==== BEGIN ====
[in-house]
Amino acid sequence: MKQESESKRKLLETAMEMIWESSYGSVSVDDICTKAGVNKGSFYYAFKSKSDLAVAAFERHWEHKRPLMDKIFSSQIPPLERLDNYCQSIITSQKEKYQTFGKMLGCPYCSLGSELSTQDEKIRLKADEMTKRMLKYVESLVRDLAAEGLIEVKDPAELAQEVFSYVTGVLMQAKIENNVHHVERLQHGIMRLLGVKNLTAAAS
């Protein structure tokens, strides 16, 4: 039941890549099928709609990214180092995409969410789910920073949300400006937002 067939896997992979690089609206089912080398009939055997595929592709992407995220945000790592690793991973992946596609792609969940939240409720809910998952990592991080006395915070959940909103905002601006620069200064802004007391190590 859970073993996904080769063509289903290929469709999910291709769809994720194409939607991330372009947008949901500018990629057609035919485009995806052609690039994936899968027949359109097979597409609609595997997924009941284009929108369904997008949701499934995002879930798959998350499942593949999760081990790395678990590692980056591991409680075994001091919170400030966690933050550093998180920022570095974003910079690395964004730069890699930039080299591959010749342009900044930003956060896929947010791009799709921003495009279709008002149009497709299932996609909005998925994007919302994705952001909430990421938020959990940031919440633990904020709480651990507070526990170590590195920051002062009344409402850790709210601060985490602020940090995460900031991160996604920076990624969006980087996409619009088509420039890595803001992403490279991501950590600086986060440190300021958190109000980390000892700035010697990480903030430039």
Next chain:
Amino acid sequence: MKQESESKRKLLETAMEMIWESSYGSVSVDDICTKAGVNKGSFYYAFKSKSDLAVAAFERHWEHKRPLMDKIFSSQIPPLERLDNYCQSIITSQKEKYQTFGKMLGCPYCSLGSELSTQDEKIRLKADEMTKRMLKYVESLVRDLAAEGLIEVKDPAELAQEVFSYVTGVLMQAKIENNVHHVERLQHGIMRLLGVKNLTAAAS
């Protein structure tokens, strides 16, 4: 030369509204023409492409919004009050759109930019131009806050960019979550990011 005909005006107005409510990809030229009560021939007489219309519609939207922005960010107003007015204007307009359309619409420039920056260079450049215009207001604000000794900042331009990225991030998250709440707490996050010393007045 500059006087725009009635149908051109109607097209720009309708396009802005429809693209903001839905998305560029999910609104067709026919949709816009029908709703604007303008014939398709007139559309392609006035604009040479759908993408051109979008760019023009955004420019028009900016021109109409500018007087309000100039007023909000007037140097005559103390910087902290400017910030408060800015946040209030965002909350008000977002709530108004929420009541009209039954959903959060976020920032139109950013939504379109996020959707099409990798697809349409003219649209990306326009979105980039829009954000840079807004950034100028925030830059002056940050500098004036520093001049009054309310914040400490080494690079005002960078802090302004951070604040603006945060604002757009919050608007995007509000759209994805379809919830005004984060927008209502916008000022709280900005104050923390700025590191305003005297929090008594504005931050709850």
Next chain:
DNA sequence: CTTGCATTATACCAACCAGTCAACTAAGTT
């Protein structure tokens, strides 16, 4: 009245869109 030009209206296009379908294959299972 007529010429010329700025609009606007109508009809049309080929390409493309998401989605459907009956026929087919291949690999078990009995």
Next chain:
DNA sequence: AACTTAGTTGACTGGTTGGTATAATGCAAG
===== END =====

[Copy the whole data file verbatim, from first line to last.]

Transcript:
[in-house]
Amino acid sequence: MKQESESKRKLLETAMEMIWESSYGSVSVDDICTKAGVNKGSFYYAFKSKSDLAVAAFERHWEHKRPLMDKIFSSQIPPLERLDNYCQSIITSQKEKYQTFGKMLGCPYCSLGSELSTQDEKIRLKADEMTKRMLKYVESLVRDLAAEGLIEVKDPAELAQEVFSYVTGVLMQAKIENNVHHVERLQHGIMRLLGVKNLTAAAS
């Protein structure tokens, strides 16, 4: 039941890549099928709609990214180092995409969410789910920073949300400006937002 067939896997992979690089609206089912080398009939055997595929592709992407995220945000790592690793991973992946596609792609969940939240409720809910998952990592991080006395915070959940909103905002601006620069200064802004007391190590 859970073993996904080769063509289903290929469709999910291709769809994720194409939607991330372009947008949901500018990629057609035919485009995806052609690039994936899968027949359109097979597409609609595997997924009941284009929108369904997008949701499934995002879930798959998350499942593949999760081990790395678990590692980056591991409680075994001091919170400030966690933050550093998180920022570095974003910079690395964004730069890699930039080299591959010749342009900044930003956060896929947010791009799709921003495009279709008002149009497709299932996609909005998925994007919302994705952001909430990421938020959990940031919440633990904020709480651990507070526990170590590195920051002062009344409402850790709210601060985490602020940090995460900031991160996604920076990624969006980087996409619009088509420039890595803001992403490279991501950590600086986060440190300021958190109000980390000892700035010697990480903030430039």
Next chain:
Amino acid sequence: MKQESESKRKLLETAMEMIWESSYGSVSVDDICTKAGVNKGSFYYAFKSKSDLAVAAFERHWEHKRPLMDKIFSSQIPPLERLDNYCQSIITSQKEKYQTFGKMLGCPYCSLGSELSTQDEKIRLKADEMTKRMLKYVESLVRDLAAEGLIEVKDPAELAQEVFSYVTGVLMQAKIENNVHHVERLQHGIMRLLGVKNLTAAAS
């Protein structure tokens, strides 16, 4: 030369509204023409492409919004009050759109930019131009806050960019979550990011 005909005006107005409510990809030229009560021939007489219309519609939207922005960010107003007015204007307009359309619409420039920056260079450049215009207001604000000794900042331009990225991030998250709440707490996050010393007045 500059006087725009009635149908051109109607097209720009309708396009802005429809693209903001839905998305560029999910609104067709026919949709816009029908709703604007303008014939398709007139559309392609006035604009040479759908993408051109979008760019023009955004420019028009900016021109109409500018007087309000100039007023909000007037140097005559103390910087902290400017910030408060800015946040209030965002909350008000977002709530108004929420009541009209039954959903959060976020920032139109950013939504379109996020959707099409990798697809349409003219649209990306326009979105980039829009954000840079807004950034100028925030830059002056940050500098004036520093001049009054309310914040400490080494690079005002960078802090302004951070604040603006945060604002757009919050608007995007509000759209994805379809919830005004984060927008209502916008000022709280900005104050923390700025590191305003005297929090008594504005931050709850």
Next chain:
DNA sequence: CTTGCATTATACCAACCAGTCAACTAAGTT
């Protein structure tokens, strides 16, 4: 009245869109 030009209206296009379908294959299972 007529010429010329700025609009606007109508009809049309080929390409493309998401989605459907009956026929087919291949690999078990009995």
Next chain:
DNA sequence: AACTTAGTTGACTGGTTGGTATAATGCAAG